Assuming a price is set on an free market there are particular difficulties to pricing. A free market is one where the price is entirely determined by the willingness of people to buy and sell at a particular price point. What you perceive as price, is actually the "tick", i.e. the quote of the last transaction.
The first and most serious major obstacle to pricing is a variation of the prisoners dilemma, a psychological phenomenon. For instance, bitcoin might be worth 4$ now, but you believe it will be worth 5$ in 3 days. Will you buy bitcoin? If acting only on your conviction, yes. But what if you consider what other people will do? Will others believe bitcoin will be worth 5$ in 3 days? Will they act on their conviction? Will the others believe that others believe that it wil be worth 5$ in 3 days, and will the others believe that the others who believe will act on their conviction? Will the others believe that others believe of still others who believe that they will act on their conviction? It goes on like this ad-infinitum.
The actual behavior of any individual on the market is essentially chaotic and unpredictable (for the reason stated above and others).
This is related to a phenomenon you call market efficiency. An efficient market always reflects the optimal price-point at any given time. If that is so, then you cannot win on this market, because at the time you would have to realize a competitive edge, everybody else has already acted on that information.
Markets are not 100% efficient of course. But modern electronic markets can be very, very efficient (as say compared to stock markets fro 100 years ago, where you could get a competitive edge just by having access to a fast courier).
What makes matters rather more difficult for price forecasting is that not only are humans engaging in the market, machines are as well. The machines may not be terribly good at what they do, but they are terribly fast. The machines that work well (i.e. don't loose much) will survive, and the ones that don't will die in short order. Since speed is one of the major benefits of the machines over humans, they tend to make markets even more efficient.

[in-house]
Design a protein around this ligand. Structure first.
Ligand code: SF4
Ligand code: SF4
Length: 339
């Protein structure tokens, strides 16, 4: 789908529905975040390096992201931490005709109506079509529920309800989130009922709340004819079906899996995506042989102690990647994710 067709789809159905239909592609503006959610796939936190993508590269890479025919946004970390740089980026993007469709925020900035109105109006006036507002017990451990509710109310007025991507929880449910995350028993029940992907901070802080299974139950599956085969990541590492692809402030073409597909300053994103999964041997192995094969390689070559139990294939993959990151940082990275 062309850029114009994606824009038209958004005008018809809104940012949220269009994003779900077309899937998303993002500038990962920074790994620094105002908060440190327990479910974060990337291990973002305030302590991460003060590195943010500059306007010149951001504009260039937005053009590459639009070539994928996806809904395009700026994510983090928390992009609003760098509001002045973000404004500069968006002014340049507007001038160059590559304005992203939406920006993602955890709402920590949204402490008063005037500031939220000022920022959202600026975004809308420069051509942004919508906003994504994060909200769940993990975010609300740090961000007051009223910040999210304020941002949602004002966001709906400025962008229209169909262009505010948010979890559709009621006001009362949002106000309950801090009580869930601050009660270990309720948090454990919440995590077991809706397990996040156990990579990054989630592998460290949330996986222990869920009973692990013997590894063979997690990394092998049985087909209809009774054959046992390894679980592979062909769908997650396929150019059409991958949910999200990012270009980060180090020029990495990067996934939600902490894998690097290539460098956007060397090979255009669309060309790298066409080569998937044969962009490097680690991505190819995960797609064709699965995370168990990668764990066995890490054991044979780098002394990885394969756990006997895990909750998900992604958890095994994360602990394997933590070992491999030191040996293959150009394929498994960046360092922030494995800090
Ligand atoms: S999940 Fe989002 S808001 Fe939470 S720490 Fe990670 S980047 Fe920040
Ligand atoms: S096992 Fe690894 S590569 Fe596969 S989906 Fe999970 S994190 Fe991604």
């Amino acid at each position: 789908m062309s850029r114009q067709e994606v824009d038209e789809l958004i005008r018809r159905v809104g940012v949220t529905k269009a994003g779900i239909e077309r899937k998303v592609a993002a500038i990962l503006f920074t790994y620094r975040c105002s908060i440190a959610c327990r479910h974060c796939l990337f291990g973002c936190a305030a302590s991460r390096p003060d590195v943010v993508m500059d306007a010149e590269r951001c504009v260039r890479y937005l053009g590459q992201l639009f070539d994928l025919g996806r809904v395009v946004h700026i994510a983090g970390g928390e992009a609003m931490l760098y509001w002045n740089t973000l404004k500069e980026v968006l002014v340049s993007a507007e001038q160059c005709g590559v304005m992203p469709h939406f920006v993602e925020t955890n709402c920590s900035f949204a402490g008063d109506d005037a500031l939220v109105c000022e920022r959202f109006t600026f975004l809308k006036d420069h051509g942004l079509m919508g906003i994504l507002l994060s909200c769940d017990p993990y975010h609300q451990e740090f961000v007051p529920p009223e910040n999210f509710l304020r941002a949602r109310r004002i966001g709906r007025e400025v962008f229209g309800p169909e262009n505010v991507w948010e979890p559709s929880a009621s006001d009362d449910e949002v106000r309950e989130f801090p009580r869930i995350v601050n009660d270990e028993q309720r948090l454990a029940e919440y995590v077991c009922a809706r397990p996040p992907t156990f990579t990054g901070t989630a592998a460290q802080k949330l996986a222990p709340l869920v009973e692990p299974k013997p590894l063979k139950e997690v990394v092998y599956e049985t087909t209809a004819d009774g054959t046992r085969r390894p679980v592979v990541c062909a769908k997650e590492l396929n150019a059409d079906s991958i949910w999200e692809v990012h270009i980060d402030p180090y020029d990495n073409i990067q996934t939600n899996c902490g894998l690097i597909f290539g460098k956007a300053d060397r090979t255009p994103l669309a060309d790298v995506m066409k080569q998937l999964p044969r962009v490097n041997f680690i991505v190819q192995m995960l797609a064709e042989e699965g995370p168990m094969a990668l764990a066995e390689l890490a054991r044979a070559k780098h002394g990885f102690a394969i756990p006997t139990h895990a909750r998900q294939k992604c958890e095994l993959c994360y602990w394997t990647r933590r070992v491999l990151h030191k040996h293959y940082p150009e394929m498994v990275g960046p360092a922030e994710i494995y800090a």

Another phenomenon to price forecasting is that of information and entropy. Suppose you found a reliable method to predict a market at a given time. You act on this information and indeed you make a profit. The profit you will be able to achieve will diminish over time until it reaches zero or reverts. The reason for this is that you acted on private information, which you leaked out by engaging in a trade. The more successful you are in exploiting your forecast, the better you train every other market participant to react to their losses. Since for every trade you make successfully, there has to be somebody who lost. People or machines who lose on markets usually exit those markets in some fashion. So even if the other participants are not adjusting their behavior, your success is weeding out those with the wrong behavior.
Yet another difficulty in pricing forecasts are black-swan events. Since information can have a huge impact on pricing, the sudden appearance of new information can throw a conservative forecast completely off the rails and incur huge losses (or huge unexpected benefits). You cannot quantify black-swan events in any shape or form.
It is my belief that you cannot predict efficient and well working markets. You might be able to predict some very sub-optimal markets, but usually, hedge-funds are always on the hunt for inefficient markets to exploit, so by simple decree of market economics, the inefficient markets tend to be a perpetually dying species.